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Tina Fey hatches hilarity in chick flick

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Carly at the Movies column by Carl Larsen

As a big fan of TV’s whacky “30 Rock,” I expected great things from Tina Fey in her leading lady debut, “Baby Mama,” now playing at the Staunton Mall Cinemas. I wasn’t disappointed.

What last year’s over-ballyhooed “Knocked Up” could have been, “Baby Mama” is. And although not written by writer/actor Fey herself – that kudo goes to Michael McCullors – it’s full of all the charm and wit we’ve come to expect from any Tina Fey project.

It’s the tale of a successful businesswoman who wants a baby and learns she cannot conceive herself. She hires a surrogate: fellow “Saturday Night Live” chum Amy Poehler playing a classic White Trashette. As you might imagine, hilarity ensues as class and lifestyles clash.

I don’t want to spoil the fun by giving away plot points, but Poehler’s ne’er-do-well, beer-swilling hubby shows up to complicate matters. Funnyman Dax Shepard could easily have overplayed this stereotyped lowbrow role, but aided by a fine script, rises well above it and gives a bravura performance.

The rich girl/poor girl buddy film is grandly supported by a herd of perfectly-cast actors. Steve Martin plays Fey’s corporate boss, an offbeat genius type and head of “Round World Food Stores,” a take-off of the upscale Whole Foods Market chain. Sigourney Weaver, Maura Tierney and Holland Taylor add layers of laughs, and Romany Marco (from TV’s “Weeds”) is deadpan super playing the doorman at Fey’s swank residence.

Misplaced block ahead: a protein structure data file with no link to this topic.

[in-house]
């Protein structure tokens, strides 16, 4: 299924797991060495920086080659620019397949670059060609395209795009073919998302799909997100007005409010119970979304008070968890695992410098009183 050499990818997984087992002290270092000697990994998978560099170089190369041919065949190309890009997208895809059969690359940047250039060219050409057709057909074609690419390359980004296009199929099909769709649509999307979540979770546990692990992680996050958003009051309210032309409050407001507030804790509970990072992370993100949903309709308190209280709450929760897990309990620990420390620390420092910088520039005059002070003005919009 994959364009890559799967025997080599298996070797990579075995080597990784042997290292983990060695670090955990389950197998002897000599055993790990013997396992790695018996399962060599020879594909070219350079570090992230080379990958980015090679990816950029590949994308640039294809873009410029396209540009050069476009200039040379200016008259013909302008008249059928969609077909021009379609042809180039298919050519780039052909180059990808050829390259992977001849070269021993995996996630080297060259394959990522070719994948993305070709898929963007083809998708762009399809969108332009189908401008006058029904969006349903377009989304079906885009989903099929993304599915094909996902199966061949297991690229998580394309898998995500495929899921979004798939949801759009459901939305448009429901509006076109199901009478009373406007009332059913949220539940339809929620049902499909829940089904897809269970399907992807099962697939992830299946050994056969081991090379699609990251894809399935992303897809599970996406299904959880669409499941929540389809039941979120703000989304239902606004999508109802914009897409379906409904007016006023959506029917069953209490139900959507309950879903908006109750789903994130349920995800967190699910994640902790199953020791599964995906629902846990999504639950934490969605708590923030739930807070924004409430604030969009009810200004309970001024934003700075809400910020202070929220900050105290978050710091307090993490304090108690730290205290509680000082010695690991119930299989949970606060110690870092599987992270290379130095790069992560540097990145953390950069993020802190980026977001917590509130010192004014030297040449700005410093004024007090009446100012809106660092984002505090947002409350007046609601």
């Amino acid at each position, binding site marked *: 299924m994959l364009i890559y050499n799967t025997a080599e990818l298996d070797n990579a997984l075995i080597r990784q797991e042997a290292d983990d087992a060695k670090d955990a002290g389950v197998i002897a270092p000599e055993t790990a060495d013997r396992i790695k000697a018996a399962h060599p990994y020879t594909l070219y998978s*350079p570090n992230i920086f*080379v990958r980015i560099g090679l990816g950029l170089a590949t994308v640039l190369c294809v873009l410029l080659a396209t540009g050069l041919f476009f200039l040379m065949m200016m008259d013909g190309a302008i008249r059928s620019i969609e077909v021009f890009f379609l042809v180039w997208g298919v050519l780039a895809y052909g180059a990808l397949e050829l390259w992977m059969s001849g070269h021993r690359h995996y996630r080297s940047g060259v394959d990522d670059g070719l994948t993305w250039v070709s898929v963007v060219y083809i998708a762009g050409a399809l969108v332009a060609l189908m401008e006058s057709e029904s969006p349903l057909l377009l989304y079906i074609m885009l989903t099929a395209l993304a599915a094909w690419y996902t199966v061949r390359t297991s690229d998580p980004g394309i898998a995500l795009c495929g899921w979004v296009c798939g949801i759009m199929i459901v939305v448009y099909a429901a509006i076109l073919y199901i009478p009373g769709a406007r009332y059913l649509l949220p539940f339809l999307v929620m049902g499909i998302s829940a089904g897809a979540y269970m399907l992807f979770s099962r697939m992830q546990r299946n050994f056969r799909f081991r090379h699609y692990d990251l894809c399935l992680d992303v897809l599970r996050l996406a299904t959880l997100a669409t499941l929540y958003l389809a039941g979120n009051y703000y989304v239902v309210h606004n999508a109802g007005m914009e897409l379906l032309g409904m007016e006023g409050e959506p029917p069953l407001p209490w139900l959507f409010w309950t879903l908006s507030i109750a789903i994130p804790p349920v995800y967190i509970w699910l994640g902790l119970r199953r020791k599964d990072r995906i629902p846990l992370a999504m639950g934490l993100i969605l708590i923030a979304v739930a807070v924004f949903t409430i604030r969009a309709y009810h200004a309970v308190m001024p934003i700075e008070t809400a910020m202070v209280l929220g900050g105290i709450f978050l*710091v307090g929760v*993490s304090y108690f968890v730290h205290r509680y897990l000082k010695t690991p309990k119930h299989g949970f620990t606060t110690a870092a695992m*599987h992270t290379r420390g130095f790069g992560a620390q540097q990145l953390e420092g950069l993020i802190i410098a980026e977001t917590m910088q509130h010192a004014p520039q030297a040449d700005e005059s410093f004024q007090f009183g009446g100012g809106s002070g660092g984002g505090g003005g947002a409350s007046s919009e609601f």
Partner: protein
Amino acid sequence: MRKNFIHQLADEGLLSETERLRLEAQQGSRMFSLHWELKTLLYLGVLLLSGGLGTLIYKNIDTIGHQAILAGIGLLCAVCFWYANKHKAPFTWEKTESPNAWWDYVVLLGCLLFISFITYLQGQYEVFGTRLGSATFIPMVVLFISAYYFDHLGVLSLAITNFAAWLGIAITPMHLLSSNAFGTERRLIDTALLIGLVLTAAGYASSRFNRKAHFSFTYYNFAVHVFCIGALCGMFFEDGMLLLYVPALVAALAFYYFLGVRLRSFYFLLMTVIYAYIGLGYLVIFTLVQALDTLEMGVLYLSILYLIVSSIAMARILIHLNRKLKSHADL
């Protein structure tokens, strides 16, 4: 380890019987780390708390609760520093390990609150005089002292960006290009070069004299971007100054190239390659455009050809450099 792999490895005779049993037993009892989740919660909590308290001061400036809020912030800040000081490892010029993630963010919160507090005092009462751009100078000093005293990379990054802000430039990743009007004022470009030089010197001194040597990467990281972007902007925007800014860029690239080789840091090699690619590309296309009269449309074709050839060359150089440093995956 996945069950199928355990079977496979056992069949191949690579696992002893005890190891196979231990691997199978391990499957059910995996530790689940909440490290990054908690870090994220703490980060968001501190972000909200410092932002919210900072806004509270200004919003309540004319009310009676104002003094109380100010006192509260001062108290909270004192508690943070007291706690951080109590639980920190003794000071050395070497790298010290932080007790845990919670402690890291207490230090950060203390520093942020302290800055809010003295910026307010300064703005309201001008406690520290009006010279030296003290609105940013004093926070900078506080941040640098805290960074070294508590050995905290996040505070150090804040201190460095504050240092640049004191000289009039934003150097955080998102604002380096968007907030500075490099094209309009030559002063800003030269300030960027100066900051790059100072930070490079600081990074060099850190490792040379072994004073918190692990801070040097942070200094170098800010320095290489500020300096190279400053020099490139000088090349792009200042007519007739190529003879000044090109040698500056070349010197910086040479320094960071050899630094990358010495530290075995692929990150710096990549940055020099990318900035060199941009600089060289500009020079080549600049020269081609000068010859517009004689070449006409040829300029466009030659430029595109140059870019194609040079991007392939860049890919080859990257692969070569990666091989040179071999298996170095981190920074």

I’ve been both hoping and dreading that Tina would move into full-length films after her brilliant turns with “Saturday Night Live” and “30 Rock.” But so many SNL grads have crashed and burned that I feared for her debut. I shouldn’t have worried. She does not desert her own strength, which is an understanding of absurdist comedy and her ability to play the perfect straight-man. Or woman. Whatever.

She is, by the way, a UVa. grad.

Of course, there has to be a love interest, and I was pleased to see Greg Kinnear in this role. Ever since I first noticed him, a nervous-Nelly type in 1995’s “Sabrina,” I’ve watched him grow into a pleasant and confident leading actor, with a comfortable “average man” aura. He does an excellent job here as the owner of a small juice bar.

Frankly, I’m surprised that this film has done so well on its opening weekend, considering the competition: the latest dopey entry in the “Harold and Kumar” unfunny franchise that (undoubtedly) drew most of the younger crowd. Perhaps it’s the lure of a popular and quality TV show. Wonders, it seems, never cease.

Meanwhile, back at the Dixie:

I just have to call your attention to a show coming to the Dixie in Downtown Staunton next Saturday at 7:30 p.m. It’s a live performance by Rhythm Road, the renamed and all new and (if possible) improved version of the Shenandoah Valley’s greatest pop musical group, Wanda and the White Boys. It’s a benefit performance for the Staunton Performing Arts Center, so help yourself to some great music while helping out a great organization.

  

Carl Larsen is a regular contributor to The Augusta Free Press. Look for his At the Movies column on Mondays.

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